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Why I’m avoiding this Neil Woodford-backed growth stock

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Investors in car retailer BCA Marketplace (LSE: BCA) have endured a roller coaster ride since the company first listed in 2015. That’s not to say the owner of the brand is running short of admirers. Star fund manager Neil Woodford is a fan with the company occupying a place in both his Equity Income and Income Focus funds. 

With full-year results out this morning, does the £1.5bn cap deserve to be in more investors’ portfolios? Let’s check the numbers.

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Strong results

In the 12 months to the start of April, revenue at BCA rose 76% to £2.3bn, adjusted EBITDA came in 38% higher at £135.6m and operating profit rose by 350% to £74.3m. 

Over the period, the company achieved re-marketing volumes of 956,000 and 347,000 units in its UK and International divisions respectively. WeBuyAnyCar sold 194,000 units (up 12.8%) and purchased its one millionth vehicle. As part of its desire to become “a seamless and efficient one-stop shop for the passage of vehicles throughout their lifecycle,” BCA also acquired refurbishment services companies Paragon Automotive Ltd and Supreme Wheels Direct during the reporting period.

Shares in BCA were up just over 4% in early trading. So, given today’s encouraging figures, why am I not a buyer?

It’s mostly to do with the amount of debt on the company’s books. At the beginning of April, this stood at £261.5m — a 53% rise on the previous year. While this can be justified by BCA’s high growth strategy, it’s not something I’m completely comfortable with given the cyclical nature of the industry in which the business operates.

A deeper look at BCA’s fundamentals makes me want to avoid the shares even more. Operating margins and returns on investment have become as erratic as the share price. Elsewhere, dividend cover on the 3.4% yield — at 1.35 times profits — is adequate but hardly the sort of security most income investors will be looking for. Today’s announcement of a 12.5% hike to the full-year payout may please some, but is BCA trying to be all things to all people?

At 22 times 2017 earnings, I think the shares are too expensive to warrant consideration at the current time.

A safer bet?

A better pick in the industry, in my opinion, would be Lookers (LSE: LOOK).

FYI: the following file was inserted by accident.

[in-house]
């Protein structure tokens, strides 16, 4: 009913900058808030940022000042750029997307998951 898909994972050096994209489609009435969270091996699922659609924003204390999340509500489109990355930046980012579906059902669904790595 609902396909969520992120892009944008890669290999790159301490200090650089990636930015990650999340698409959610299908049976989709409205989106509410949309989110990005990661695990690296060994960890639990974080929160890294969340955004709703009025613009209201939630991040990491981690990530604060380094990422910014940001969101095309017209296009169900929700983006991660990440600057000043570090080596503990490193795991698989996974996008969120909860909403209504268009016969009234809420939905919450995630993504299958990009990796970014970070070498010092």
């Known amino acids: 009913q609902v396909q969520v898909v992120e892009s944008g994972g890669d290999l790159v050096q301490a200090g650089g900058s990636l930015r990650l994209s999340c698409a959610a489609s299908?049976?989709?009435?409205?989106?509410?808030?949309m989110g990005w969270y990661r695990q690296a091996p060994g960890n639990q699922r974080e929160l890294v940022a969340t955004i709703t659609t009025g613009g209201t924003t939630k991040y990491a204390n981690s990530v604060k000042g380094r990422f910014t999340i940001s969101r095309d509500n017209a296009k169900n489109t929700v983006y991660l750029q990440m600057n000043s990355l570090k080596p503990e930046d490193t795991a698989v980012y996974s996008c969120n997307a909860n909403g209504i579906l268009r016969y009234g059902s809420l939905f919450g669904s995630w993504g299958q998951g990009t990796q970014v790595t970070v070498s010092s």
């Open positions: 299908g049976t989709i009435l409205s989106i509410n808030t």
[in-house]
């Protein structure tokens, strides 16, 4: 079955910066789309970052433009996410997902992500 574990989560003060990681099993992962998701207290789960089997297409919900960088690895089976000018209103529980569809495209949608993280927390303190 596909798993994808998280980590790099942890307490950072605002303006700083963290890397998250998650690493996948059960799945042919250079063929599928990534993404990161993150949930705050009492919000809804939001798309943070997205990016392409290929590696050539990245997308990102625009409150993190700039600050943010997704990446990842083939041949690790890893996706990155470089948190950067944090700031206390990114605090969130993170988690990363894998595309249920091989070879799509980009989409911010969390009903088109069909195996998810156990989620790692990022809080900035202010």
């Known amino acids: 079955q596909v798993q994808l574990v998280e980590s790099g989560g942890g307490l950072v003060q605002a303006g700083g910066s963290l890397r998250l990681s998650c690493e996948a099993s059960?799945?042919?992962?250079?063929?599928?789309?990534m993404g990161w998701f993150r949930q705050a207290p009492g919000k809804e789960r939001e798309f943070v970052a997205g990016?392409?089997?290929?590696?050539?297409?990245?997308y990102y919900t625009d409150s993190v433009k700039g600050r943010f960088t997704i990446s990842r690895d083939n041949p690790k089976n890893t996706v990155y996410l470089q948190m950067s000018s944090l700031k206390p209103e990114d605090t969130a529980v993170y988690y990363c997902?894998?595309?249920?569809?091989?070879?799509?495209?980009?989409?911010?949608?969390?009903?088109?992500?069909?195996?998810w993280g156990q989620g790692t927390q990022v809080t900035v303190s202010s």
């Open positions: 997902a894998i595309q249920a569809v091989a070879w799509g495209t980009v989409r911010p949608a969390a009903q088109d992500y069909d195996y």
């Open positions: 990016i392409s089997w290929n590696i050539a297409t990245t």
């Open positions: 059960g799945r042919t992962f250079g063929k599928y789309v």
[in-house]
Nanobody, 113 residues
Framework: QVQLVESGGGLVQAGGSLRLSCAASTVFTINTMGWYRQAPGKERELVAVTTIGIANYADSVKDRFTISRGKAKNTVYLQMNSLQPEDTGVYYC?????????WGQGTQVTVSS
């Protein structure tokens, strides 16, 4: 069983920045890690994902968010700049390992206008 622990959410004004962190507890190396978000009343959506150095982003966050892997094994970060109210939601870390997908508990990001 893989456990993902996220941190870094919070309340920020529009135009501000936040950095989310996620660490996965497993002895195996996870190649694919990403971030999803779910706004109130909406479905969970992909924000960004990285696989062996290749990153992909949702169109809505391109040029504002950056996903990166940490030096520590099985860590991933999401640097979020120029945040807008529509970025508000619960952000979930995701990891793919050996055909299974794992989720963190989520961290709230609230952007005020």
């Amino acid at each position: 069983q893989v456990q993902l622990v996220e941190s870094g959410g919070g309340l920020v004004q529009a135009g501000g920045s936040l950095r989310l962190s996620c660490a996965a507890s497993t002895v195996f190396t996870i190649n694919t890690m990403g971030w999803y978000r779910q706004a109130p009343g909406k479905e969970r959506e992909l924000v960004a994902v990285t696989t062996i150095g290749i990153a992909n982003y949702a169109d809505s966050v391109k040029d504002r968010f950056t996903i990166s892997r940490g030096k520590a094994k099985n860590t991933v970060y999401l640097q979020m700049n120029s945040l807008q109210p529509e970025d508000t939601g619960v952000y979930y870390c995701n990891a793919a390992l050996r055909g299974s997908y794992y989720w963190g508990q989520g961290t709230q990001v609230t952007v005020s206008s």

In its most recent update, the £480m cap motor retailer reflected on what had been a strong period of trading for the company. In the quarter to the end of March, it delivered a 17% increase in gross profit on new car sales and 9% on a like-for-like basis. For used cars, the figures were even better — up 23% and 17% respectively. There was also an 18% increase in gross profits on after-sales (9% like-for-like).  

Looking forward, the company has made what it describes as a “pleasing start of the year” and believes results for 2017 should be in line with management expectations.

With significantly less debt on is balance sheet and “substantial headroom” in its banking facilities to fund further acquisitions, the Manchester-based business looks a decidedly less risky option — in my opinion — than BCA. While operating margins are typically low for companies operating in the industry (and Lookers is no exception), returns on capital have been consistently decent. The forecast 3.5% dividend yield is also easily covered by profits.

Trading at just eight times earnings, I think there’s sufficient value in the shares to make Lookers worth a gander.

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Paul Summers has no position in any shares mentioned. The Motley Fool UK has no position in any of the shares mentioned. Views expressed on the companies mentioned in this article are those of the writer and therefore may differ from the official recommendations we make in our subscription services such as Share Advisor, Hidden Winners and Pro. Here at The Motley Fool we believe that considering a diverse range of insights makes us better investors.

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